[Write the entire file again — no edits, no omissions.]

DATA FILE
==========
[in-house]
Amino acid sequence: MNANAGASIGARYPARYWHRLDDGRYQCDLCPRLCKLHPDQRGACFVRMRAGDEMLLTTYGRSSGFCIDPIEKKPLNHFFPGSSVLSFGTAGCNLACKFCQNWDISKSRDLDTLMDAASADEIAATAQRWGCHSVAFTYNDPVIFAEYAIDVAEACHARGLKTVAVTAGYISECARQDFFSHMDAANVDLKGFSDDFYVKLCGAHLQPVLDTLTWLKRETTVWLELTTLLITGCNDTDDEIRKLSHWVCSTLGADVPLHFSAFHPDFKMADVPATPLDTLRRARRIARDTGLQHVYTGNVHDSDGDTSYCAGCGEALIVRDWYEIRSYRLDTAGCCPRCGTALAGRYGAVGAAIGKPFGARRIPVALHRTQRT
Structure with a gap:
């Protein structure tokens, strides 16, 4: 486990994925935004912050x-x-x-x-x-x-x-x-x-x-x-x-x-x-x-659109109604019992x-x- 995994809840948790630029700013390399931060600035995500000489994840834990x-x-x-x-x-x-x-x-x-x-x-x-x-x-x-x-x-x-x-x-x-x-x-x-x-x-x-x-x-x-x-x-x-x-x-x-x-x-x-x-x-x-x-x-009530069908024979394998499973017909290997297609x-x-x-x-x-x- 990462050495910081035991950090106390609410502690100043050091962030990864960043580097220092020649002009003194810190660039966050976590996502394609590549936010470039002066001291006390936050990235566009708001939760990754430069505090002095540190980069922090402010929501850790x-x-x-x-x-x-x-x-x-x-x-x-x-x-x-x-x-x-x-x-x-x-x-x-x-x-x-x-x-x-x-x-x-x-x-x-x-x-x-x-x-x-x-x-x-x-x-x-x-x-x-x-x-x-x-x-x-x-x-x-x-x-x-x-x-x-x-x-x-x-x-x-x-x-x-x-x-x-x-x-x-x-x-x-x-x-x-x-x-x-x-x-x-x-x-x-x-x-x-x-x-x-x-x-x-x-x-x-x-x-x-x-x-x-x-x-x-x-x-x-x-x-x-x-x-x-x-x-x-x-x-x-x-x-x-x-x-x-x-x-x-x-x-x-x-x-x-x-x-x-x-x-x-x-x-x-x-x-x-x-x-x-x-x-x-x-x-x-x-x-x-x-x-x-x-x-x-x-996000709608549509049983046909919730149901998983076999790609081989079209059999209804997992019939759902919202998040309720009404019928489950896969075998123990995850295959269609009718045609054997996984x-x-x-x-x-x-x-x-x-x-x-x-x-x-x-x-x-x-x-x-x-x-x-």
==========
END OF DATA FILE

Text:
[in-house]
Amino acid sequence: MNANAGASIGARYPARYWHRLDDGRYQCDLCPRLCKLHPDQRGACFVRMRAGDEMLLTTYGRSSGFCIDPIEKKPLNHFFPGSSVLSFGTAGCNLACKFCQNWDISKSRDLDTLMDAASADEIAATAQRWGCHSVAFTYNDPVIFAEYAIDVAEACHARGLKTVAVTAGYISECARQDFFSHMDAANVDLKGFSDDFYVKLCGAHLQPVLDTLTWLKRETTVWLELTTLLITGCNDTDDEIRKLSHWVCSTLGADVPLHFSAFHPDFKMADVPATPLDTLRRARRIARDTGLQHVYTGNVHDSDGDTSYCAGCGEALIVRDWYEIRSYRLDTAGCCPRCGTALAGRYGAVGAAIGKPFGARRIPVALHRTQRT
Structure with a gap:
């Protein structure tokens, strides 16, 4: 486990994925935004912050x-x-x-x-x-x-x-x-x-x-x-x-x-x-x-659109109604019992x-x- 995994809840948790630029700013390399931060600035995500000489994840834990x-x-x-x-x-x-x-x-x-x-x-x-x-x-x-x-x-x-x-x-x-x-x-x-x-x-x-x-x-x-x-x-x-x-x-x-x-x-x-x-x-x-x-x-009530069908024979394998499973017909290997297609x-x-x-x-x-x- 990462050495910081035991950090106390609410502690100043050091962030990864960043580097220092020649002009003194810190660039966050976590996502394609590549936010470039002066001291006390936050990235566009708001939760990754430069505090002095540190980069922090402010929501850790x-x-x-x-x-x-x-x-x-x-x-x-x-x-x-x-x-x-x-x-x-x-x-x-x-x-x-x-x-x-x-x-x-x-x-x-x-x-x-x-x-x-x-x-x-x-x-x-x-x-x-x-x-x-x-x-x-x-x-x-x-x-x-x-x-x-x-x-x-x-x-x-x-x-x-x-x-x-x-x-x-x-x-x-x-x-x-x-x-x-x-x-x-x-x-x-x-x-x-x-x-x-x-x-x-x-x-x-x-x-x-x-x-x-x-x-x-x-x-x-x-x-x-x-x-x-x-x-x-x-x-x-x-x-x-x-x-x-x-x-x-x-x-x-x-x-x-x-x-x-x-x-x-x-x-x-x-x-x-x-x-x-x-x-x-x-x-x-x-x-x-x-x-x-x-x-x-x-996000709608549509049983046909919730149901998983076999790609081989079209059999209804997992019939759902919202998040309720009404019928489950896969075998123990995850295959269609009718045609054997996984x-x-x-x-x-x-x-x-x-x-x-x-x-x-x-x-x-x-x-x-x-x-x-």